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Any introduction to Somtow Sucharitkul risks sounding superfluous. Writer, composer and conductor, Somtow switches one hat for another with the ease of a conjurer. His latest book of fiction called The Stone Buddha's Tears _ written under the pseudonym SP Somtow _ has just come out from Post Books. The English-language story about children in a corrupt society is accompanied by the Thai version, called Sila Kan Saeng. Since he first published in 1986, Somtow has thrived on sci-fi, fantasy, horror and young adult genres; his Forgetting Places and The Wizard's Apprentice were among the hits in the US as well as here.

Juggling another role as artistic director of Opera Siam, Somtow will conduct the opera Otello this Thursday at Thailand Cultural Centre. With Verdi's music, the opera is based on King Rama VI's adaptation of Shakespeare's play Othello. Be in awe.

_ Kong Rithdee

What are you reading?

I read several books last week even though I'm going crazy with preparations for Otello. I re-read Shakespeare's Othello last night to glean new insights into the characters. I read three popular science books by Brian Clegg, they are very entertainingly written and I just went through them like popcorn. Last week, I re-read the Asimov Foundation series [seven novels] and I was soggy with nostalgia. I'm also reading and haven't finished, The Man Who Mistook His Wife For A Hat [by Oliver Sacks].

What's the last book that made you cry?

I don't cry as often as I should; I spend an absurd percentage of my mind on analysing what I read and figuring out how it is put together. A book that brought me to tears was Robertson Davies' Deptford Trilogy. Another was The Mask Of Apollo by Mary Renault.

What's the last book that made you laugh?

A book that always makes me laugh is Culture Made Stupid [by Tom Weller].

What's a book that you always want to read but still haven't? Why haven't you read it?

Gibbon's Decline And Fall Of The Roman Empire. I just bought a beautiful edition. I'm scared to start it. What I've got is a really really lovely edition. I don't want to ruin the spines!

What's the best book written by a composer?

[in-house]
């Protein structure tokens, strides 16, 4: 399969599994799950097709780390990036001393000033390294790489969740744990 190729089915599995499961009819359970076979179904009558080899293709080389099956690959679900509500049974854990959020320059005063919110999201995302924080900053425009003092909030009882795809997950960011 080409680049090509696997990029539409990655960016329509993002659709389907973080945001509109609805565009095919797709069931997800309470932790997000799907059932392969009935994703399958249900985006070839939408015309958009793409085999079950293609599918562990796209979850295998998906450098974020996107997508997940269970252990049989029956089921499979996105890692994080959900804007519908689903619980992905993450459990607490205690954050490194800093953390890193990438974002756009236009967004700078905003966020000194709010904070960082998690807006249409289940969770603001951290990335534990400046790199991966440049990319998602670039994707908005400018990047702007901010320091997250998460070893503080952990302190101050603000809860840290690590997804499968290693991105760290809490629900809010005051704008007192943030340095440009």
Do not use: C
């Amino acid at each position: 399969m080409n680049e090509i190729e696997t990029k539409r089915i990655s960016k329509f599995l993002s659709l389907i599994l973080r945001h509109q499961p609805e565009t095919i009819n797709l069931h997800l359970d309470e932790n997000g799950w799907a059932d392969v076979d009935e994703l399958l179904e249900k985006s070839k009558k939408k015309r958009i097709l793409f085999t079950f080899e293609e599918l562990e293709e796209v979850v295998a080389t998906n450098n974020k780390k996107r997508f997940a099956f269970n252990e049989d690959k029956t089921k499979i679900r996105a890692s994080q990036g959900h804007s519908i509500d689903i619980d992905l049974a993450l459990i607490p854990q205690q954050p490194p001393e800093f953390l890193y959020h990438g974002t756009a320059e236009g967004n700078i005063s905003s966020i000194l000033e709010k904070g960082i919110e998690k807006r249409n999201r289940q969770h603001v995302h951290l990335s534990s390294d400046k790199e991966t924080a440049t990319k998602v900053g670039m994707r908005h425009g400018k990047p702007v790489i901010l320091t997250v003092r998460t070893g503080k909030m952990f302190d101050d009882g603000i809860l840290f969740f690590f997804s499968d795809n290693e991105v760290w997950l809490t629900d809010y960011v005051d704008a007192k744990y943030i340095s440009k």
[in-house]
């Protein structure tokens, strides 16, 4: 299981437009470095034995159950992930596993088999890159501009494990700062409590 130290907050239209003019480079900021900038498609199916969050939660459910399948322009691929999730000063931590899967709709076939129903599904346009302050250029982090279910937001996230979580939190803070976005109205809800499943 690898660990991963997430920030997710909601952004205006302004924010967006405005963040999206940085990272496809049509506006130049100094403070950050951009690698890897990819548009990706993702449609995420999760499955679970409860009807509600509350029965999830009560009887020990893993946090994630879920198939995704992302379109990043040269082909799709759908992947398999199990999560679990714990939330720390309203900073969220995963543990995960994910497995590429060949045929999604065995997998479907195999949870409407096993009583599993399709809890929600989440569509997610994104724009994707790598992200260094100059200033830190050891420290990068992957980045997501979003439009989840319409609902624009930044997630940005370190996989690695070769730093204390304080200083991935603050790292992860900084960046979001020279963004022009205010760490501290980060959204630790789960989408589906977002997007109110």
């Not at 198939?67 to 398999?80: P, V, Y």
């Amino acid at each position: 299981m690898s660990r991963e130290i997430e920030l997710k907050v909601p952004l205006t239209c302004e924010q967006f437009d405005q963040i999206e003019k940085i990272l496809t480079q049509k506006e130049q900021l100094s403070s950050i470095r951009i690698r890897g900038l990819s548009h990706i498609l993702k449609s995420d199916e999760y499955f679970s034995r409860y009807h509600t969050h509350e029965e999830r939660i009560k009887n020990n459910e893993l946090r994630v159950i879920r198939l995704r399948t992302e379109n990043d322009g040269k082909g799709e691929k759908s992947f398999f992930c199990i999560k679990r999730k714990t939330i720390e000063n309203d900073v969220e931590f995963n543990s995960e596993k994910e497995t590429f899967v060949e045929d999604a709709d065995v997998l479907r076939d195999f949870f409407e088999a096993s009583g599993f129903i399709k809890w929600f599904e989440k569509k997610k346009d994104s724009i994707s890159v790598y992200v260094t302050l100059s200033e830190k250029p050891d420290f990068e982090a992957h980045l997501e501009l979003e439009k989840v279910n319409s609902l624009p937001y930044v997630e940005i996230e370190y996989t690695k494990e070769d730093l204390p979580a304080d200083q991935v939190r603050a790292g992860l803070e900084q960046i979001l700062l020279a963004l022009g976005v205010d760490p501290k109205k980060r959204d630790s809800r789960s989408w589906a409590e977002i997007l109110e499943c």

If you want to talk about fiction rather than books about music or autobiographies, the only composer I can think of who writes novels is Anthony Burgess. I rather like his novel Nothing Like The Sun which is about Shakespeare's sex life, among other things. Ironically, in addition to being the only novel-writing symphonist, Burgess and I shared the same literary agent. We also clearly love Joyce _ he was more obviously influenced than I was, but it's there in both words and music.

What's the best sci-fi book, in your view?

One of my absolute faves is A Case Of Conscience by James Blish, which discusses how the Catholic Church might react to aliens who don't have original sin. It's hard to discern a "best" when one has read so many books, but once you pass the writers of the classic period (which for me means Asimov, Heinlein, Clarke) I think Ursula K. Le Guin is really fine, especially her novel The Left Hand Of Darkness.

What's the best book about music/opera?

Robert Donington's Wagner's Ring And Its Symbols, which is a deep Jungian analysis of the Ring Cycle and which claims, among other things, that Siegfried cutting a reed to blow to imitate the language of birds is a reference to "the small size of an infant's penis".

If you could set up a meeting between a composer (dead or alive) and a writer (dead or alive), who would they be and what would be the topic?

It would be very entertaining if Wagner met Samuel Beckett _ a clash between maximalism and minimalism. They probably wouldn't get along.

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